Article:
Language is an integrating factor for a nation’s unity but it is matter of regret and concern that language has become a problem tending to be a disintegrating force in India. In accordance with the provisions of the constitution, Hindi became our official language of government with effect from 1965. However, the proposed switch over from English to Hindi sparked off a row leading to violence in non-Hindi speaking states of India.
The crisis has aggravated and reached a stage of deadlock mainly due to the fact that more stress is being laid on the state language than on the national language. This is possibly due to the provision in the constitution, for Hindi is not acceptable to all sections of the population. A state language cannot take the place of national language. It’s impossible for any state to either isolate itself from the rest of the country linguistically or to be wholly homogenous linguistically. Reorganization or demarcation of states on linguistic principle was not very good or satisfying solution as linguistic minorities in a state are always there and just can’t be wiped out. Besides, the problem only grows with industrialization and growth in industrial population through the migration of labour and personnel in each state. Also, each state will have an influx of employees both from central and state services hailing from other states and linguistic regions. All these factors establish that it is not possible for any state to enforce its language within its own boundaries.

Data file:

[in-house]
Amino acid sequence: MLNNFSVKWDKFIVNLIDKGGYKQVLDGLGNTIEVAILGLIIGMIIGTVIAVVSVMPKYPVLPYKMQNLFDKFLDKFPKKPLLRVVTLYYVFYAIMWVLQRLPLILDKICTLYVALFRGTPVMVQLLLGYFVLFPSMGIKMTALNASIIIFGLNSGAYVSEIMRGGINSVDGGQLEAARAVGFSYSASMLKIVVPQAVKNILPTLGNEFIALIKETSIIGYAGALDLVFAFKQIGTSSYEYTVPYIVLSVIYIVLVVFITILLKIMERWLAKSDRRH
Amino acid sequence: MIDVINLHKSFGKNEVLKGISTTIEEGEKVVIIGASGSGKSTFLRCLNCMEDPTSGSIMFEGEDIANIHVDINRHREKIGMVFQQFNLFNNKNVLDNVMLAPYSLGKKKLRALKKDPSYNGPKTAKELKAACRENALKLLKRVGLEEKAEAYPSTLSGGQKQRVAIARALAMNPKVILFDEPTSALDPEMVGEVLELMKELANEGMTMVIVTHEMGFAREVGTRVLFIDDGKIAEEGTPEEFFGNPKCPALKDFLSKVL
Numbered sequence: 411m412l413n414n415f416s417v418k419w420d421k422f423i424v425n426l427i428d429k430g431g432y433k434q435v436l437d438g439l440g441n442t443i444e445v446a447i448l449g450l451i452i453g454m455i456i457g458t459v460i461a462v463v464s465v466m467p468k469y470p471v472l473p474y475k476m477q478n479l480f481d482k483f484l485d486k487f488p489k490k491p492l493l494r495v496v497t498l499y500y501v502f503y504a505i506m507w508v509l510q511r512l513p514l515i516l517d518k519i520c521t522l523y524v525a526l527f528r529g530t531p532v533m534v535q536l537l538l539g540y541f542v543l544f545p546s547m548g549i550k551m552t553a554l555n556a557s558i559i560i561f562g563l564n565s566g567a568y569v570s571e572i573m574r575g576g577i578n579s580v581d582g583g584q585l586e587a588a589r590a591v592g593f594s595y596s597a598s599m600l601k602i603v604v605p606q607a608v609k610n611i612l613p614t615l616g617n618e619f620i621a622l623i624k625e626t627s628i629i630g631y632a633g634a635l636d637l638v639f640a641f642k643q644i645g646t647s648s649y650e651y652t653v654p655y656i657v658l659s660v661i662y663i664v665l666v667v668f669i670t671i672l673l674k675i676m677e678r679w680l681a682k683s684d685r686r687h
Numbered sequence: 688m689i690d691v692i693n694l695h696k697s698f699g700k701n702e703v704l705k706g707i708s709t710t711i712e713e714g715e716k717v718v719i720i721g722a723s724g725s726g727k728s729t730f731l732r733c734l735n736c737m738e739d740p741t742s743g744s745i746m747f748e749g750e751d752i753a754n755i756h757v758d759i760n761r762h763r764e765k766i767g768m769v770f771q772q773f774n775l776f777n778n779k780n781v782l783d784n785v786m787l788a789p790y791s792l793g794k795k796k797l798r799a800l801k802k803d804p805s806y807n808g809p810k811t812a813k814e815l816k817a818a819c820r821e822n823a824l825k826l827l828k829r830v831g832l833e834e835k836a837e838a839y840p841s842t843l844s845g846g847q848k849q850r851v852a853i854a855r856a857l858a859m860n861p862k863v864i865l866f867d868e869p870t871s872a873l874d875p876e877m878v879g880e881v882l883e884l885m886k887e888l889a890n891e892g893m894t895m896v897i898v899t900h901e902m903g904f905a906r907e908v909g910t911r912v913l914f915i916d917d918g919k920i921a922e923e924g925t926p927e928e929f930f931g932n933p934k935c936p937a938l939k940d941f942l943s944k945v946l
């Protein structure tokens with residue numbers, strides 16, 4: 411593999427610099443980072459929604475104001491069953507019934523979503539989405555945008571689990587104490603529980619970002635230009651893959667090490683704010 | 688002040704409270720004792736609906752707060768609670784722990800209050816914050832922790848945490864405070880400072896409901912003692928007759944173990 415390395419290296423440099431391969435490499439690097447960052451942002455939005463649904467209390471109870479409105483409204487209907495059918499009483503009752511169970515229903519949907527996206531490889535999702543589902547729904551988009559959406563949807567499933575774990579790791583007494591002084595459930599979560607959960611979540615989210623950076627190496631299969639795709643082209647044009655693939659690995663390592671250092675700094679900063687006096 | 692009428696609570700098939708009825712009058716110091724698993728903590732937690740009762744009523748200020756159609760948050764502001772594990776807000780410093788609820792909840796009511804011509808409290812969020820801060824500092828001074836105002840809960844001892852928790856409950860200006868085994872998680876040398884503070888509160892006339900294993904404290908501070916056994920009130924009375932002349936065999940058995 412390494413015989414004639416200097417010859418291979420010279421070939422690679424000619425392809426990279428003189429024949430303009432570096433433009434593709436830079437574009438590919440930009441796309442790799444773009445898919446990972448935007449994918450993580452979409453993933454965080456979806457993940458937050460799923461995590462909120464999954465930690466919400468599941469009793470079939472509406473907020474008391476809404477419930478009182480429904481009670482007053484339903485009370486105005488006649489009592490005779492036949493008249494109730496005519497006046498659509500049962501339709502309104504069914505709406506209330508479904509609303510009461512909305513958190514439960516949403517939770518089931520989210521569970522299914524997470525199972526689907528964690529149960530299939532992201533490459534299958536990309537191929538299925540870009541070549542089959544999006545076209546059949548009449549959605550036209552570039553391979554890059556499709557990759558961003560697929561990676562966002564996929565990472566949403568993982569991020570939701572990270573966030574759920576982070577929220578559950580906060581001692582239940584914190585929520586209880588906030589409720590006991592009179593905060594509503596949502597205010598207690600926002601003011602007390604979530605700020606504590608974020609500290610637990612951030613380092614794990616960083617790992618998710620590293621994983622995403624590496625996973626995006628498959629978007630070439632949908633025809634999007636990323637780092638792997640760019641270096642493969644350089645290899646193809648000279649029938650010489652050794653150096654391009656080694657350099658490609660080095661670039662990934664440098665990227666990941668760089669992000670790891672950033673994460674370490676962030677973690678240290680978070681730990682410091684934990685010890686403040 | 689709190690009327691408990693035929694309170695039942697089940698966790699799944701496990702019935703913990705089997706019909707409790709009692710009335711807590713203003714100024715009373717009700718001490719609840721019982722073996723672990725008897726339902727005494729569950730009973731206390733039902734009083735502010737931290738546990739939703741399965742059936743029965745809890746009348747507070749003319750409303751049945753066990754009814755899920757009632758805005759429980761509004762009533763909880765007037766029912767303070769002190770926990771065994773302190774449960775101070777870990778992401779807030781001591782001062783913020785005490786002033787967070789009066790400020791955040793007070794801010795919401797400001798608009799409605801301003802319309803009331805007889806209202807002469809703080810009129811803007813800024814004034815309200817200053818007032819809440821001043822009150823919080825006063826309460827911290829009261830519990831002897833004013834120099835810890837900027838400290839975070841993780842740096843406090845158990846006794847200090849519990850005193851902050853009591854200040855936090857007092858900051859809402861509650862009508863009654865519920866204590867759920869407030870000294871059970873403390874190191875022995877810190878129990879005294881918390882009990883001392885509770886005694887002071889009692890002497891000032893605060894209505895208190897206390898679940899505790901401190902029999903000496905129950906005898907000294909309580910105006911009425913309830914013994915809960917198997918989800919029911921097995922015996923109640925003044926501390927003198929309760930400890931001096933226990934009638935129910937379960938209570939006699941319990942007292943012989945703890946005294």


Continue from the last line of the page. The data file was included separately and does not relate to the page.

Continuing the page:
Inter-communication among the states, exchange of students and teachers among universities, contact among the high court’s and the Supreme Court and her such measures would go a long way in cementing the cause of national integration. There can just be no question of forcible imposition of Hindi and until Hindi is not acceptable to all the states. English has to continue at the level of the inter stated communication. All high ranking officials, are not from one state, further inter-departmental communication is linked with the communication with the centre and states. All this calls for evolving a national language.
It is pertinent to note that as English is presently accepted as the language for inter-departmental work, there is no difficulty in communicating with linguistic minorities in their own language at local levels. As a matter of fact, there are provisions in the civil procedure code and in the criminal procedure code that empower the state governments to determine the language to be used in each court within the areas administered by such government. In many states there is more than one court for the convenience of the linguistic minorities. Similarly, the government may determine in what language correspondence with panchayats of particular areas will be carried on?
English has to continue to be a link for inter communication in the higher fields of administration, technology, university education and scientific research. There should be no problem in making Hindi the link language at the popular level. Some even suggest the simple solution of the status quo and continue English in its former position at the centre and in the states. Another solution advanced replacement of English by Hindi all over the country. Many favour the three language formula. A national language should evolve and develop on a universal scale. But a realistic and rationalistic policy is called for in connection with the issue of national language. At present the issue is fraught with the emotional overtones and unrealistic attitudes, and no solution to the crisis will please all.